Sunday, May 08, 2016

Art with Fabric - Light at the End of the Tunnel

Original painting by Sheila Langlois of Kirkland Lake Ontario
Welcome to the Art with Fabric Blog Hop.

My art quilt is based on a painting by Northern Ontario artist Sheila Langlois (1930-1996). More about Sheila and how I met her at the end of my blog.

I love this art work. Sheila painted it when she went back to art school as an adult. It was a study in primary colours. I call it "Study in Primary Colours or Light at the End of the Tunnel".

This is the first piece of original art that I owned. It's been a part of my life since I went to Ottawa University some 35 years ago. It had pride of place in my dorm room.
The art quilt as it was two weeks ago
The art quilt two weeks ago - see previous post

When I was asked to participate in the blog hop, it didn't take me long to decide to quilt this art piece. I love it's vibrant colours and movement.

I took many photos of the painting, but none of them really does it justice - just like when you see an original Renoir and discover that it's much more vibrant than the pictures you've admired all of your life.

Although I loved the painting, it's now obvious that I had never "really" seen it. I had no idea how complex it was until I started to think about recreating it in fabric.

The first thing I did was raid my scraps stash. Not long ago I had placed all of the scraps that hadn't been cut into squares or strips, into bags by colour. It made my search for the right fabrics much easier.

Reds and oranges are starting to appear in the art quilt
Reds and oranges are starting to appear
The first week, I spent most evenings working on this project. On Saturday, with daylight coming into the room, I realised that my colours were off. What I had seen as dark blues and blacks were actually medium and dark blues - there is no black except for a couple of thin branches. I pulled the piece apart and started over, only choosing colours during daylight hours.

The choosing, cutting, placing and gluing of the fabric took about three weeks. The painting has so many details - it was hard to decide what to skip. I knew that it didn't have to be a replica of the original painting, but that was easier said than done. Near the end of the three weeks though, those decisions were much easier to make!

It's starting to look like the painting!
It's starting to look like the painting!

A mess - happy to put away the fabrics to FMQ
Happy to put away the fabrics to FMQ










I have to admit that I was thrilled when the piecing part was over. After all that work, it only took me a weekend to thread paint and quilt it.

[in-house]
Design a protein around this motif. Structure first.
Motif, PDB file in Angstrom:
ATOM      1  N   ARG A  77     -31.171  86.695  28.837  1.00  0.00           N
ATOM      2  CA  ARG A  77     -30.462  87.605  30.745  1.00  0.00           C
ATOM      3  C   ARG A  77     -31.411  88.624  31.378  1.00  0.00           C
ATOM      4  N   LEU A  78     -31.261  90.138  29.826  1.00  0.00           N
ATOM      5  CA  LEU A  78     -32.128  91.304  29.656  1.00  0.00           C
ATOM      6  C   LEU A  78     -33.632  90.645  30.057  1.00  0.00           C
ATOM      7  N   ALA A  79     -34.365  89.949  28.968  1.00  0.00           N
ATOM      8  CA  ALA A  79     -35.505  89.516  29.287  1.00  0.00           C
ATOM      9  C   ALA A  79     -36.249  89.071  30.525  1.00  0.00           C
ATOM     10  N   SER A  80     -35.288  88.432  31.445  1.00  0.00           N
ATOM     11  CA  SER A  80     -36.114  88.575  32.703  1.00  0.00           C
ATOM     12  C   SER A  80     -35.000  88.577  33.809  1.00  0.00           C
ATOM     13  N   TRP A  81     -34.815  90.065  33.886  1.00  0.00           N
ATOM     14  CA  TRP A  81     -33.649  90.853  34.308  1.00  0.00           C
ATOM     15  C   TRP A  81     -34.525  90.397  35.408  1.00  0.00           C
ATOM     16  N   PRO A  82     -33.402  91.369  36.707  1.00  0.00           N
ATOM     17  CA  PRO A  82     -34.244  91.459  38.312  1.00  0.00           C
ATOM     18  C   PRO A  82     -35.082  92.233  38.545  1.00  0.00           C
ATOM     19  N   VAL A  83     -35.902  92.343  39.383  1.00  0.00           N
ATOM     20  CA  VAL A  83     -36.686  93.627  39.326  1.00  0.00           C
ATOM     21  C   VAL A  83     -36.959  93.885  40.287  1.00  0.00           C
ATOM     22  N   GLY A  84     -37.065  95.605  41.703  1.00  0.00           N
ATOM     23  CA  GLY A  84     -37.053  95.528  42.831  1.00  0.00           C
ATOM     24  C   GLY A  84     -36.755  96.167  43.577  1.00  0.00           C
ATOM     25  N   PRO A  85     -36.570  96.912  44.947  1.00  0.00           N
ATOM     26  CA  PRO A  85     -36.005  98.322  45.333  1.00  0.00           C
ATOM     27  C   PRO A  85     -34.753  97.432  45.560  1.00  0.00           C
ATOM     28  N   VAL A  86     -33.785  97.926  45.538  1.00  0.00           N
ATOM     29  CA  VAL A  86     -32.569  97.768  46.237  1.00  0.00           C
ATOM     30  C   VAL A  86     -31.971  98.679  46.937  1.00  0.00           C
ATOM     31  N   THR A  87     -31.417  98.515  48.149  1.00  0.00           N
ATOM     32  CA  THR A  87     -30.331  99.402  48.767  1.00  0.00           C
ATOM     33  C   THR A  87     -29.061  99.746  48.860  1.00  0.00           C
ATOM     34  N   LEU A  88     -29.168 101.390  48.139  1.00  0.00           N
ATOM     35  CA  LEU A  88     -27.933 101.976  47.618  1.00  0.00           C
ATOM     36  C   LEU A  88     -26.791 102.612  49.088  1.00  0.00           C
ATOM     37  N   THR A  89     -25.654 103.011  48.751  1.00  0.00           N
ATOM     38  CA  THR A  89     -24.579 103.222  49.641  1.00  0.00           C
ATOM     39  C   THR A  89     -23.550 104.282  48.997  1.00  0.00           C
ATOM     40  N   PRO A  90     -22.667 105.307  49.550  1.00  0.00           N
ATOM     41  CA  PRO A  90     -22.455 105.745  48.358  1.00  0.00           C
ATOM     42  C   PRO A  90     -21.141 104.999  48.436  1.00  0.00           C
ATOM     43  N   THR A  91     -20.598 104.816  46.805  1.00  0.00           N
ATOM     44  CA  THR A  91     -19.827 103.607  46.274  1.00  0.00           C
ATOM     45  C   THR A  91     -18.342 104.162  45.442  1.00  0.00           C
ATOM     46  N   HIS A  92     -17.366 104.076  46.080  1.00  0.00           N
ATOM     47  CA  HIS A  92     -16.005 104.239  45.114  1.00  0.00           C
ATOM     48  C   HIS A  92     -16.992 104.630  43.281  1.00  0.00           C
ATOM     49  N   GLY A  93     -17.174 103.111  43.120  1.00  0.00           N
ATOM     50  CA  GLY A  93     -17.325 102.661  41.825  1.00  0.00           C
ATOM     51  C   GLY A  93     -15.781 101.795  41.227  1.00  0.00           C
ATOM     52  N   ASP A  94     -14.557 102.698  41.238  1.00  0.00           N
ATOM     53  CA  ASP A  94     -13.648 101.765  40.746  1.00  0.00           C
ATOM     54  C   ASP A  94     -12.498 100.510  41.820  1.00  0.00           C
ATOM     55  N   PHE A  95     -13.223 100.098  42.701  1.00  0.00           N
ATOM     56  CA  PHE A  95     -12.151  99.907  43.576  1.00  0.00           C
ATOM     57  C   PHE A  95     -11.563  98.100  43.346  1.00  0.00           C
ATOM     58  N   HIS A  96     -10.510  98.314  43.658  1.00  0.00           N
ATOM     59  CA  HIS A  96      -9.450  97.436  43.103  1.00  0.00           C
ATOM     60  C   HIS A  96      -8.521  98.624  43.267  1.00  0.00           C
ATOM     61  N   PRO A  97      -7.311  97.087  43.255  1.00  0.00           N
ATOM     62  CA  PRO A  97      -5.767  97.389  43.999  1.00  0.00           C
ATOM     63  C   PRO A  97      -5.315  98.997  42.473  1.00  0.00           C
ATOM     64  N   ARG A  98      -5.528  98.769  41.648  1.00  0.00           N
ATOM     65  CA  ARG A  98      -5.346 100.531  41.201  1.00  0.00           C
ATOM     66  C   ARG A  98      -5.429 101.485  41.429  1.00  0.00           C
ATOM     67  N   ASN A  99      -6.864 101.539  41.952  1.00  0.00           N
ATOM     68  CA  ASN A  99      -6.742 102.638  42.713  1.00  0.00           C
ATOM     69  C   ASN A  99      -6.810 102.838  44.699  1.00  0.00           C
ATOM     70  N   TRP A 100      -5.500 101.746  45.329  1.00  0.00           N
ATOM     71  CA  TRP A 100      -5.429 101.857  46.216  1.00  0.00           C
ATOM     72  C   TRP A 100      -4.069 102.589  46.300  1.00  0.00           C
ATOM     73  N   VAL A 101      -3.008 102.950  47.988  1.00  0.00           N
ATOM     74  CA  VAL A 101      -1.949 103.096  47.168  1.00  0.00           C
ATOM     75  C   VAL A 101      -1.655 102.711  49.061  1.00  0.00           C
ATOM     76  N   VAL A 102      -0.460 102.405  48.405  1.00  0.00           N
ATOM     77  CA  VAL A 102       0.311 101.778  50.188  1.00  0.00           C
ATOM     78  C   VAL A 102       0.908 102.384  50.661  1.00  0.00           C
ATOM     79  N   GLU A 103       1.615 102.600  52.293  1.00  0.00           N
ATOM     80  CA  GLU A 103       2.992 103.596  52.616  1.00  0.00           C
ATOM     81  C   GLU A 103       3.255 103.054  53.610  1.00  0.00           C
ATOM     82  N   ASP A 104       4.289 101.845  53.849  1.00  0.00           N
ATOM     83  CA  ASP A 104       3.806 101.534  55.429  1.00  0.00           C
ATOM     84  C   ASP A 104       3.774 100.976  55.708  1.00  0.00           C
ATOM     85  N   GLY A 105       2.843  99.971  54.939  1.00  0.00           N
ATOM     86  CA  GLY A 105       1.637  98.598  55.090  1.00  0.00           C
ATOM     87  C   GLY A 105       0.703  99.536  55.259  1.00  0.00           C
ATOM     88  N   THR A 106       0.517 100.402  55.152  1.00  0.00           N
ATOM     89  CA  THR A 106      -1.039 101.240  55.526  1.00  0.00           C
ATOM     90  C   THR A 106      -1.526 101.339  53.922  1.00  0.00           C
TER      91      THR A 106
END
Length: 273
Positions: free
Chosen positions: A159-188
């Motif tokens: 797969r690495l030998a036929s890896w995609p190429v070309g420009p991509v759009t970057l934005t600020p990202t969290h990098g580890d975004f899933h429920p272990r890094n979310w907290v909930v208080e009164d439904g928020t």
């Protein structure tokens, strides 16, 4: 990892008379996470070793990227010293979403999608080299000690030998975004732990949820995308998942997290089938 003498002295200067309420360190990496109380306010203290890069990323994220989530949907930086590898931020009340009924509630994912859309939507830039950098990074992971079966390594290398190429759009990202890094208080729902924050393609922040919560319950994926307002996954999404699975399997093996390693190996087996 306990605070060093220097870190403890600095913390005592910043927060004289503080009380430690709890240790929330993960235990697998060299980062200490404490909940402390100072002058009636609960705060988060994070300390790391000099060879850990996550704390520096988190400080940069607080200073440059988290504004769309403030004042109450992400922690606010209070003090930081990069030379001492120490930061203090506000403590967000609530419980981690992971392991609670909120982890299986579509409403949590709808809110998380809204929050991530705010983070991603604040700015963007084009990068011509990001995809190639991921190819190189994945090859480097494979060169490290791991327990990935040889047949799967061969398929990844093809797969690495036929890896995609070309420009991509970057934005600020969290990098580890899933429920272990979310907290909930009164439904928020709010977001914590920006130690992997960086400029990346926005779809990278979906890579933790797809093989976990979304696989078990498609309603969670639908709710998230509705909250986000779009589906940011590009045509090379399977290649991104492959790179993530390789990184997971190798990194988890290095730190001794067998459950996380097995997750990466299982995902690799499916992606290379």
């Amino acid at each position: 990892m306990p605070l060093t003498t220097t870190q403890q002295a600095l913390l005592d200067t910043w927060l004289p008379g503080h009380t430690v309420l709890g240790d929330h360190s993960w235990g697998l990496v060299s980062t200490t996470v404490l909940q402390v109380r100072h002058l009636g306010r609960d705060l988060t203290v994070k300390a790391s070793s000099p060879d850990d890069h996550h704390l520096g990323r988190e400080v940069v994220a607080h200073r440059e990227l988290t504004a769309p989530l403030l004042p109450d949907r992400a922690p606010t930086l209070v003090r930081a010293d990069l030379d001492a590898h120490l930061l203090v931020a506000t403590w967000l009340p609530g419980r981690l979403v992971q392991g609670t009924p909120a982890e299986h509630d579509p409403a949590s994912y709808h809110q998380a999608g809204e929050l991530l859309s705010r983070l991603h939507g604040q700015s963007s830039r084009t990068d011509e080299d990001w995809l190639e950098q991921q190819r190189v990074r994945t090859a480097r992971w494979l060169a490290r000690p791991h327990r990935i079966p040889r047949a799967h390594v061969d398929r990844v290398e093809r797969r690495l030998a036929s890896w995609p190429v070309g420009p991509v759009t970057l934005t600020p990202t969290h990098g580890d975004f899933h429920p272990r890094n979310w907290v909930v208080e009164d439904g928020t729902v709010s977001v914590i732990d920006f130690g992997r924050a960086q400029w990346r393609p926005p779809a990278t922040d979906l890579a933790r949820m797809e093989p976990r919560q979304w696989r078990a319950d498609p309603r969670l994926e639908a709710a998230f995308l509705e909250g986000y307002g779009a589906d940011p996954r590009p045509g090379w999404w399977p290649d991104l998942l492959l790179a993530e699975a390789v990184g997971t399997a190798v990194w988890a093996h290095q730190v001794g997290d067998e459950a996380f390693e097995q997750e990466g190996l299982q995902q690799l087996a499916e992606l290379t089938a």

I'm always nervous about knowing when to stop thread sketching and when it's time to quilt. This time it was an easy decision to make since all of those pieces where glued in place. It all had to be sewn down, or it would fall apart the first time it got washed!

For the thread painting, I used two green threads and one each of blue, red, orange and yellow thread. I paid particular attention to emphasize the circular movement of the painting. I did pretty much the same thing when quilting it, while using less thread colours.


What I learned:

  • This was the first time that I made an art quilt based on a piece of art. I really miscalculated a few things. 
    • I didn't want to make a pattern - it would have been too difficult and for me, it would have taken the fun out of making it. I took a photograph of the painting and divided it into 9 equal(ish) parts to guide me. It turns out that my proportions were off (too wide and not long enough).
    • I also didn't account for the border. The quilt was originally 16" x 16" but after making the backing, I lost a lot of the painting's top and bottom details. Oops! After it was finished I realised that I could have left some of the white background fabric at the edges since it wouldn't have shown once the backing was attached. I suspect that I'll remember this lesson.
  • I didn't realise how complex this piece was until I started trying to create it. I was so tempted to start adding the details of the branches in the middle of the yellow section right at the start, but I knew that I could only do this in the end, after it was all pieced. Staying away from those branches was the hardest part of the piecing!

Sheila Langlois, Artist and Friend

Sheila Langlois, 1994
Sheila Langlois, 1994
Sheila was a well know artist from Kirkland Lake and my mother took a couple of her painting courses. I didn't really know her until the summer before leaving Kirkland Lake for university. That summer, I didn't have a full time job, so I took as many short term jobs as I could get. Sheila was looking for someone to do housekeeping once a week.

Working for Sheila was the highlight of my summer. When I got to her home, I never knew what I would be doing that day. Sometimes it was normal housekeeping work like vacuuming and dusting, but at other times it might be cleaning windows or helping Sheila make chicken kiev for a dinner party that night. Sheila would always prepare us a lovely lunch and we'd spend an hour chatting about everything, from art and music to philosophy.

One day we cleaned out the room where her paintings were stored. Sheila worked mostly with water colours of Northern Ontario scenes. This painting was very different from her usual work. I fell in love with it and bought it!  The painting hangs in my dining room, across from two of her water colours of trees and water that I inherited from my mother.
Quilt: 15 1/4" x 15 1/4"
Painting: 20" x 16"

I'm thrilled that this quilt will now hang above my sewing machine. For me, this work of art symbolizes the light at the end of the tunnel - in other words, hope. I also reminds me the summer I met Sheila.






Art with Fabric
Thank you so much for dropping by. I hope that you'll get a chance to visit the other participants in the blog hop. I'm looking forward to seeing everyone's art this week.

Here are the links to the other participants' blogs:

Monday, May 9th, 2016
Maartje Quilts in Amsterdam
Lee Anna at Not Afraid of Color
Renee at Quilts of a Feather

Tuesday, May 10, 2016
Kathy at Qreative Quilts
Yvonne at Quilting Jet Girl
Chris's Quilting Universe
DeAnna at Georgia-Girl Quilter

Wednesday, May 11, 2016
Alida at Tweety Loves Quilting
Yanicka at Finding myself as an artist
Heather at Heather's Blog
Sarah at Georgia Girl Quilts

Thursday, May 12, 2016
Cynthia at Cynthia's Creating Art
Janeen at Quilt Art Designs